When he ran for congress last year, there was rarely a question George Santos left unanswered.
He rode a red Long Island wave straight to Capitol Hill, helping to lock a slim Republican majority in the U.S. House. But before he even had a chance to raise his right hand and take the oath of office, The New York Times came along.
Its December expose debunking many of the claims Santos made about his credentials and even his life gave the incoming congressman the kind of infamy he never expected. Republican colleagues turned their backs on him — many of them demanding he resign.
And suddenly, Santos wasn’t answering those questions anymore, except an occasional interview with the likes of Tulsi Gabbard and Piers Morgan. Reporters would camp outside his Capitol Hill office, and he would essentially ignore question after question about what seemed like a daily revelation of a potentially fabricated claim each day.
It’s not that Santos didn’t want to answer questions anymore, he told the Herald last week, just days before being charged in a 13-count federal indictment. It’s just that reporters weren’t asking the right questions.
“I feel like people are forgetting the fact that I’m a lawmaker,” Santos said. “And people forget to ask me about policy.”
Instead of trying to rebrand his image by attending ribbon-cuttings or hosting news conferences, Santos instead wants to be known as a workhorse in Congress. In his short time on the Hill, for instance, the lawmaker already has introduced nearly a dozen bills.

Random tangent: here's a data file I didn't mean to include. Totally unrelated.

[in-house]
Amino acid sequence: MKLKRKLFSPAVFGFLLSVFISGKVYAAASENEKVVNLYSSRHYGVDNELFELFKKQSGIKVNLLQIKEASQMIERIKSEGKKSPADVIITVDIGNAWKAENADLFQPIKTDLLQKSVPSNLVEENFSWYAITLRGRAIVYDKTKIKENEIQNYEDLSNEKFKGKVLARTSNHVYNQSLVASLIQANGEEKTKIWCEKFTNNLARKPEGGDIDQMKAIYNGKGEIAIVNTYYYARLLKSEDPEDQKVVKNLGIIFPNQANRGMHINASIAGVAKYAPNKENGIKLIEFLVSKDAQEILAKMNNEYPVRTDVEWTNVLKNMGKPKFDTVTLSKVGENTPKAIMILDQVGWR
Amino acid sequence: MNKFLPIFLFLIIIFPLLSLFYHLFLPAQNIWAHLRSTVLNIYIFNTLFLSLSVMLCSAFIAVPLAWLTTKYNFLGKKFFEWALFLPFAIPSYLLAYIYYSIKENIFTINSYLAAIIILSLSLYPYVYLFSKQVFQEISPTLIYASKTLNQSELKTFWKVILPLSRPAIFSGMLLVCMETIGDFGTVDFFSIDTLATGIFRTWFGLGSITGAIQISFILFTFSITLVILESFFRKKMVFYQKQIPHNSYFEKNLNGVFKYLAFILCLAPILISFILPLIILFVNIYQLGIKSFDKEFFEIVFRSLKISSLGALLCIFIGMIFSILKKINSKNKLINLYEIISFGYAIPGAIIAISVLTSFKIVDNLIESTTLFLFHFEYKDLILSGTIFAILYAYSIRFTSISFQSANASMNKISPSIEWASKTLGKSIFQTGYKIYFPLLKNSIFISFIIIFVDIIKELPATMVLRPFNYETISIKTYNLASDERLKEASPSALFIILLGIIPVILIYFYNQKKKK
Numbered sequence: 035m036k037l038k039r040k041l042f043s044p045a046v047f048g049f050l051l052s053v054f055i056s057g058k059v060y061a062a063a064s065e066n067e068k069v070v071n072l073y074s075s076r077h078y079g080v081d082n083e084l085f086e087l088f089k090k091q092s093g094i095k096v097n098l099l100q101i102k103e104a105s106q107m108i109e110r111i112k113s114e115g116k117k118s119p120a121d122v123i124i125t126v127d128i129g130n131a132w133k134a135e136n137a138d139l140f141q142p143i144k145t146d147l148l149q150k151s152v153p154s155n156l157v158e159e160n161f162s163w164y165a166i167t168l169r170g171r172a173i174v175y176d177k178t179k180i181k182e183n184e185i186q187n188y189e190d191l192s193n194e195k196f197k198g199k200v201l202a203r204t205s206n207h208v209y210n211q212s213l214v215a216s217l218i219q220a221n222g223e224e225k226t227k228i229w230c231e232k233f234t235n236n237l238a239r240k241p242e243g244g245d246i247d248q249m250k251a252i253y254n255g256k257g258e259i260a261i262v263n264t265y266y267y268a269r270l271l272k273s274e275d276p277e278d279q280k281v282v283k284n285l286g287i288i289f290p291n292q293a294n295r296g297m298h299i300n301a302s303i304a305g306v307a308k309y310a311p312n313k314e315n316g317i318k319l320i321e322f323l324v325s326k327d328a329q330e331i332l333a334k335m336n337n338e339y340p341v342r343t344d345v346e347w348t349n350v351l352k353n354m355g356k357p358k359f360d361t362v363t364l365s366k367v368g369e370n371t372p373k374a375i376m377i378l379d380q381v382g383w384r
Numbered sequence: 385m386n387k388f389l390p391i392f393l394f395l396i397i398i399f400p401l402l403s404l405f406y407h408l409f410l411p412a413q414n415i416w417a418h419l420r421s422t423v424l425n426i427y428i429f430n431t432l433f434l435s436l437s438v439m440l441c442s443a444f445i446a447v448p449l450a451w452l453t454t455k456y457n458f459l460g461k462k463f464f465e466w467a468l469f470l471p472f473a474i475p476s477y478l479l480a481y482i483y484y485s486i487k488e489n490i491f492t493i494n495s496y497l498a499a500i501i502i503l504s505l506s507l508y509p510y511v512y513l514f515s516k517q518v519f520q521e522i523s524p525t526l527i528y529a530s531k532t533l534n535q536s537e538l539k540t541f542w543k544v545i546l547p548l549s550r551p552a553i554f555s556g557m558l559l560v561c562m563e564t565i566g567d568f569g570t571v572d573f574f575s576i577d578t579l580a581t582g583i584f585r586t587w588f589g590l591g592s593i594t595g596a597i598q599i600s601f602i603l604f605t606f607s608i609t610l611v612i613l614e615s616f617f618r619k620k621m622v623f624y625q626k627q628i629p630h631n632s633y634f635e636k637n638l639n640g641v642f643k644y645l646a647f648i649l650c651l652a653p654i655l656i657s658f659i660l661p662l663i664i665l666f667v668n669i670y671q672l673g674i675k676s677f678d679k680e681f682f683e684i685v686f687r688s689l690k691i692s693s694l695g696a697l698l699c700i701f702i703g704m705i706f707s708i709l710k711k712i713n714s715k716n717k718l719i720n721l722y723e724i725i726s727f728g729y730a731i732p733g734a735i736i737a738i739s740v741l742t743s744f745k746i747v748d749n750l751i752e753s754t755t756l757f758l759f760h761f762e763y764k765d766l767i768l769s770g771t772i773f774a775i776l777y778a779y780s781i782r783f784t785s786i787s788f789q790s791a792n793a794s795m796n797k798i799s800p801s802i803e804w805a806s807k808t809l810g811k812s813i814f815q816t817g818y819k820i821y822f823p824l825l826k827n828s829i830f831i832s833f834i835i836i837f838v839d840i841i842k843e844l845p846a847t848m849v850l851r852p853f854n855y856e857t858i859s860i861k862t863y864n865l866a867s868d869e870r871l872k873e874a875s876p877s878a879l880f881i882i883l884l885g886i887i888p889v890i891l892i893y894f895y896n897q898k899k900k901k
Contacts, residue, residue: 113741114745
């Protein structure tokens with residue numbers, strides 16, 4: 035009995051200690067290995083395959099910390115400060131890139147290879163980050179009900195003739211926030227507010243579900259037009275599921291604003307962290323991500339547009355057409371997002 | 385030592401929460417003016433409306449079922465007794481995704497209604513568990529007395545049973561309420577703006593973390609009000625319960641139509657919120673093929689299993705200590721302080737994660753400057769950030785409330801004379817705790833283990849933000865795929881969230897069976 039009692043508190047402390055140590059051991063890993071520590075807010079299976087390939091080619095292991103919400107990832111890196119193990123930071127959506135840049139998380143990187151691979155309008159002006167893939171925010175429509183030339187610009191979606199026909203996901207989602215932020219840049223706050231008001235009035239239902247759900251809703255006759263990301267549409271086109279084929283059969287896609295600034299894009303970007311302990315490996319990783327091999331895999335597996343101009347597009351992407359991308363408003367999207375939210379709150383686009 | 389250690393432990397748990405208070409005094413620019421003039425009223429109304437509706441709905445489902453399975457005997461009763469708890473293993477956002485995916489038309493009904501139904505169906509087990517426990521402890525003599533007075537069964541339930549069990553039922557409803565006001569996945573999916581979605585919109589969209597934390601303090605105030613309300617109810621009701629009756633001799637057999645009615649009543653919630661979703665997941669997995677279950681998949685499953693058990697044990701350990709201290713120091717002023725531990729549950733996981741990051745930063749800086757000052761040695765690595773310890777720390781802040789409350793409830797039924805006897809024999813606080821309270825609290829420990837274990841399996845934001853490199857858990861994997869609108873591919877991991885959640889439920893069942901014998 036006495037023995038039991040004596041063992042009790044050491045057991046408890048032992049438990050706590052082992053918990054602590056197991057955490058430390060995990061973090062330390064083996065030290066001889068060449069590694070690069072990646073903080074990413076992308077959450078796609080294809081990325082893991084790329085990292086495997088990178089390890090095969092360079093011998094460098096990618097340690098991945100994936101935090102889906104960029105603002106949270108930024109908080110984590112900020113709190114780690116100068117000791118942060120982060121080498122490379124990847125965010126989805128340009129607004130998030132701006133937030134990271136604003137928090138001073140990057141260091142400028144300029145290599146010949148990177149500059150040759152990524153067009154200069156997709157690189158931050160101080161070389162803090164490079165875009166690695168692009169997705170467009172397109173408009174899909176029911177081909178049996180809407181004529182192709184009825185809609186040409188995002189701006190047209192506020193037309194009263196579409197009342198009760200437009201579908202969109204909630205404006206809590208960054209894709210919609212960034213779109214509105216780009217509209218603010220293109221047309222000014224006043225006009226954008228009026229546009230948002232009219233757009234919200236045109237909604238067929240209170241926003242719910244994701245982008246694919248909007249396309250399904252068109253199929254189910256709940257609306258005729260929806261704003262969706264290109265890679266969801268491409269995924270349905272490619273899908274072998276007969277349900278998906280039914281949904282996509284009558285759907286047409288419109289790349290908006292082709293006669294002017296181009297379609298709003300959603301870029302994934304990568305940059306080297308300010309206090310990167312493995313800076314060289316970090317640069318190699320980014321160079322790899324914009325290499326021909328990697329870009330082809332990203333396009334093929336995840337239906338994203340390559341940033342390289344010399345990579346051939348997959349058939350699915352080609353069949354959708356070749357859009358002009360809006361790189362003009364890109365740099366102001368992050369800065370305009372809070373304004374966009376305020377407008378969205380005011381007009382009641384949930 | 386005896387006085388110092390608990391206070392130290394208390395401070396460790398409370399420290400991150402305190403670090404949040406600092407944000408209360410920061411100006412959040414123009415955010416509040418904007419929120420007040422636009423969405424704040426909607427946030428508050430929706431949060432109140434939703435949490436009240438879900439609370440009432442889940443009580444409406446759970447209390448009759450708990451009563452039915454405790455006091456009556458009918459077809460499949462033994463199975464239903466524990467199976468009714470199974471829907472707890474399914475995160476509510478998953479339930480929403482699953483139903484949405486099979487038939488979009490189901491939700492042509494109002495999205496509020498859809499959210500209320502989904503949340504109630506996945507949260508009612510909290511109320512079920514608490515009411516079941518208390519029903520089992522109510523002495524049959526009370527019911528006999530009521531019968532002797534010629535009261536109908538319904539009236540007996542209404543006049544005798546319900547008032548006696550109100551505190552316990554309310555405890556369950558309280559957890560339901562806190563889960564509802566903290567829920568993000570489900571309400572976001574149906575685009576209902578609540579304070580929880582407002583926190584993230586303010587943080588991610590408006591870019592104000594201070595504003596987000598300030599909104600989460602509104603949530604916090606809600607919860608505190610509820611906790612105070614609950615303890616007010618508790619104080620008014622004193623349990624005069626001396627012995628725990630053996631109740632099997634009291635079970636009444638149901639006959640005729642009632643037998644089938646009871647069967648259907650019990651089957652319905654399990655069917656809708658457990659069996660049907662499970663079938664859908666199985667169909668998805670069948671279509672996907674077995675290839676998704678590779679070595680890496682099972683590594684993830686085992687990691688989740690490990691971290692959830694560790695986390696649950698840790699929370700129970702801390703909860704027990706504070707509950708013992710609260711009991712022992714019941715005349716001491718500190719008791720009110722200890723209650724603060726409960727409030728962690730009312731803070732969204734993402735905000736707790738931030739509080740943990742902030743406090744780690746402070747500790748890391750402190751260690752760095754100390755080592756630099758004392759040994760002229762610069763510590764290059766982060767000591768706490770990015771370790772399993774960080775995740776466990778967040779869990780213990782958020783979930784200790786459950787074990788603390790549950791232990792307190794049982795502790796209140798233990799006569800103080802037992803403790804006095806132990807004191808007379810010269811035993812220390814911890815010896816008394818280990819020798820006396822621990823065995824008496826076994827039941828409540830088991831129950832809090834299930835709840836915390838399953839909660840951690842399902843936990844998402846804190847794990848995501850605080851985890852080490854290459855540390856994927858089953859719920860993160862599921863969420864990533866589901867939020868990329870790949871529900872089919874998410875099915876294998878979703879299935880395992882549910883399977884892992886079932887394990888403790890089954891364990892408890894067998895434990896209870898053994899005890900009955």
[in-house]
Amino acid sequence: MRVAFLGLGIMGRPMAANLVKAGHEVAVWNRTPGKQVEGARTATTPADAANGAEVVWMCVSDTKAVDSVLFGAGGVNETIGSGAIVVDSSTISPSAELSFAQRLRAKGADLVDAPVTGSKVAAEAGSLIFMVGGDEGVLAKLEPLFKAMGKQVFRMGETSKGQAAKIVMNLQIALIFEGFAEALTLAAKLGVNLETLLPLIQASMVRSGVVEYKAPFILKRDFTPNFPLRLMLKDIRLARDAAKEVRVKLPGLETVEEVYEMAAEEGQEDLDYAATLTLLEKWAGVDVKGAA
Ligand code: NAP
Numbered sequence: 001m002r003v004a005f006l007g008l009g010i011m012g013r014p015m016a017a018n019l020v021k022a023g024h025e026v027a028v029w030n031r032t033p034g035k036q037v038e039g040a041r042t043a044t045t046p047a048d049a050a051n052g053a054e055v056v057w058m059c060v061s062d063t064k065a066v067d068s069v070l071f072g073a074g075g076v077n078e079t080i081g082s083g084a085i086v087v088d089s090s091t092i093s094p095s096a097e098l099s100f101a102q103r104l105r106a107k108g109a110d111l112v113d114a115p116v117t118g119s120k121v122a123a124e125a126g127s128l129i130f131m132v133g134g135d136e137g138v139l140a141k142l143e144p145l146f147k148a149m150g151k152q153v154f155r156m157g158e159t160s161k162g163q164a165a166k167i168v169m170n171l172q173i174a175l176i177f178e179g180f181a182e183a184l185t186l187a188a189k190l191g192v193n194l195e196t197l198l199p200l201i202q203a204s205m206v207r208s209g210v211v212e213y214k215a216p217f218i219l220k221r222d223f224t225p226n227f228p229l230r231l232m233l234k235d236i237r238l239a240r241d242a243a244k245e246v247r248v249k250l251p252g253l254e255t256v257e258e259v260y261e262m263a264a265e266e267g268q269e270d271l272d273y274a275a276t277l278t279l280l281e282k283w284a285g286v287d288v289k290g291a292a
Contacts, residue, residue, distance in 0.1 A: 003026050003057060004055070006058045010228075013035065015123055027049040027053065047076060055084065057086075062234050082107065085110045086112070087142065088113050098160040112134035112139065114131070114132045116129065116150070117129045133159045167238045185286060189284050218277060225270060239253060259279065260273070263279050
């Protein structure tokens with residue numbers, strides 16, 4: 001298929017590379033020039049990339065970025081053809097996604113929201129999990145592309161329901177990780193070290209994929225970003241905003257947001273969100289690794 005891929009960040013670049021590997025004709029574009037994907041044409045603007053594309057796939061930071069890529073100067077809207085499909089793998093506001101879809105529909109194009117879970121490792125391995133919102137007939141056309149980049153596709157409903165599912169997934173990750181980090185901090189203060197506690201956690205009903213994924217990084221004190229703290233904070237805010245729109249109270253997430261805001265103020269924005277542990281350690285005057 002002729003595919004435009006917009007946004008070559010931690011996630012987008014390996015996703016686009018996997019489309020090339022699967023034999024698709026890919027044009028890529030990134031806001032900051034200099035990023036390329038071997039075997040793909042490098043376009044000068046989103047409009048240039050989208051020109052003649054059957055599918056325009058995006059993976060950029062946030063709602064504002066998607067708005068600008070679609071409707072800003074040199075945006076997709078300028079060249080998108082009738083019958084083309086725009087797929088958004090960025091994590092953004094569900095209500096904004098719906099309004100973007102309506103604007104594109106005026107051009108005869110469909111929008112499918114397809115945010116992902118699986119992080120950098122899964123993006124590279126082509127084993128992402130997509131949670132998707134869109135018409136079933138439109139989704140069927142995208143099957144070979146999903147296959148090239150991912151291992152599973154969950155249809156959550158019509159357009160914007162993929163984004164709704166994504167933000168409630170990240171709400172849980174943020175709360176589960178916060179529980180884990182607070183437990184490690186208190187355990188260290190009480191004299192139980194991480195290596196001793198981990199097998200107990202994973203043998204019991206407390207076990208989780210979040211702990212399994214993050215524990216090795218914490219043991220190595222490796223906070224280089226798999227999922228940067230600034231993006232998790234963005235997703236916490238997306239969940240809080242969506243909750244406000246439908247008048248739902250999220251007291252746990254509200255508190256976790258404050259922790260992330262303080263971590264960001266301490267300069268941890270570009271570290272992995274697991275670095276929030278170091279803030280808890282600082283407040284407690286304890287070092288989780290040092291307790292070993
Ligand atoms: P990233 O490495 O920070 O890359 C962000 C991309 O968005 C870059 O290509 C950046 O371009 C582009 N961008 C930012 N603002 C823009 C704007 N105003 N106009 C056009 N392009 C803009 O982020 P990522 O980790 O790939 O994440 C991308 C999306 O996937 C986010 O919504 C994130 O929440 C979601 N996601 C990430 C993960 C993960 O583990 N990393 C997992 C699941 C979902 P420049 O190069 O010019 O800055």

Among those is what he’s calling the SALT Relief Act of 2023, intended to raise the deduction cap on state and local taxes from $10,000 to $50,000.
“I think we need to be realistic with what’s fair,” Santos said. The SALT cap “was bad before, and it created massive tax loopholes for people who just like to avoid paying taxes. I think $50,000 takes care of the entire middle class on Long Island.”
Although SALT reform is part of the platforms of Santos’s Long Island colleagues — Anthony D’Esposito, Nick LaLota and Andrew Garbarino — none have signed on. In fact, no one has signed on to co-sponsor, with D’Esposito, LaLota and Garbarino instead introducing their own package.
None of the bills Santos has introduced have co-sponsors, but he says that’s by design.
“Usually people work one bill at a time, and then go work the floor,” Santos said. “I’m too impatient to do it that way. So, I just put the first set of ideas in the first quarter down, and now this quarter, I’m going to be doing less of bill introduction and more of working these bills.”
Another bill Santos is proud of is the Equality and Fiscal Accountability Act of 2023, which moves to stop sending federal aid to countries that criminalize homosexuality.
“If you want to have a share as a developing nation and receiving anything from us, you need to knock that crap out. Period,” the openly gay congressman said. “I think it’s a simple ask since it’s our money.”
Supporting such a measure could be a huge step forward for the GOP, Santos said, adding some Republicans have expressed interest. Yet, he stopped short of sharing any of those names, fearing any such publicity over such a controversial bill might cause them to shy away.
Yet, even some Democrats might not support such a bill since a lot of those funds go to combat the spread of HIV/AIDS.
“I know folks will turn around and try to spin it,” Santos said. “’Oh, so you want to defund AIDS research.’ The point is, if you want American dollars, you need to go through a report card.”
Santos has also traveled throughout his district, talking extensively about a recent trip to Farmingdale to address water quality through mobile office hours.